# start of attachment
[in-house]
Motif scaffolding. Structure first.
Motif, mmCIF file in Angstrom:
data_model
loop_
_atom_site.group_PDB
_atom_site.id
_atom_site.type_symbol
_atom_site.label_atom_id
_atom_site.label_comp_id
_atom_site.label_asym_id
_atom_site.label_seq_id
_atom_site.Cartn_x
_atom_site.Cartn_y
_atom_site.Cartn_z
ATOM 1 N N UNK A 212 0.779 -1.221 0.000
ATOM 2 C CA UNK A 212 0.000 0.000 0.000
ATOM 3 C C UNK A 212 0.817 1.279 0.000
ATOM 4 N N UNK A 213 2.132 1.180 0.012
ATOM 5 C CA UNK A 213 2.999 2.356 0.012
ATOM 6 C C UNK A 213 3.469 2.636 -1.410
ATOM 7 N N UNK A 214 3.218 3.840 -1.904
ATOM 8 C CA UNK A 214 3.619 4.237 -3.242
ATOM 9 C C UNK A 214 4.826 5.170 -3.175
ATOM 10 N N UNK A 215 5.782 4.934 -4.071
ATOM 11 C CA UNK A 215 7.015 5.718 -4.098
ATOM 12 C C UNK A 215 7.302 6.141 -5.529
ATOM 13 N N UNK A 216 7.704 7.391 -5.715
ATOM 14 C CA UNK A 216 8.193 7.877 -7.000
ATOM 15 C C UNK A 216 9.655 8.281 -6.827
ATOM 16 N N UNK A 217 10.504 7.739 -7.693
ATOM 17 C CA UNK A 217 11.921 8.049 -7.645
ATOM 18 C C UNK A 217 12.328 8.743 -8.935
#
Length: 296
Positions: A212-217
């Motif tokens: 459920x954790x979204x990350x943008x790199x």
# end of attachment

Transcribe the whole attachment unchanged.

[in-house]
Motif scaffolding. Structure first.
Motif, mmCIF file in Angstrom:
data_model
loop_
_atom_site.group_PDB
_atom_site.id
_atom_site.type_symbol
_atom_site.label_atom_id
_atom_site.label_comp_id
_atom_site.label_asym_id
_atom_site.label_seq_id
_atom_site.Cartn_x
_atom_site.Cartn_y
_atom_site.Cartn_z
ATOM 1 N N UNK A 212 0.779 -1.221 0.000
ATOM 2 C CA UNK A 212 0.000 0.000 0.000
ATOM 3 C C UNK A 212 0.817 1.279 0.000
ATOM 4 N N UNK A 213 2.132 1.180 0.012
ATOM 5 C CA UNK A 213 2.999 2.356 0.012
ATOM 6 C C UNK A 213 3.469 2.636 -1.410
ATOM 7 N N UNK A 214 3.218 3.840 -1.904
ATOM 8 C CA UNK A 214 3.619 4.237 -3.242
ATOM 9 C C UNK A 214 4.826 5.170 -3.175
ATOM 10 N N UNK A 215 5.782 4.934 -4.071
ATOM 11 C CA UNK A 215 7.015 5.718 -4.098
ATOM 12 C C UNK A 215 7.302 6.141 -5.529
ATOM 13 N N UNK A 216 7.704 7.391 -5.715
ATOM 14 C CA UNK A 216 8.193 7.877 -7.000
ATOM 15 C C UNK A 216 9.655 8.281 -6.827
ATOM 16 N N UNK A 217 10.504 7.739 -7.693
ATOM 17 C CA UNK A 217 11.921 8.049 -7.645
ATOM 18 C C UNK A 217 12.328 8.743 -8.935
#
Length: 296
Positions: A212-217
């Motif tokens: 459920x954790x979204x990350x943008x790199x």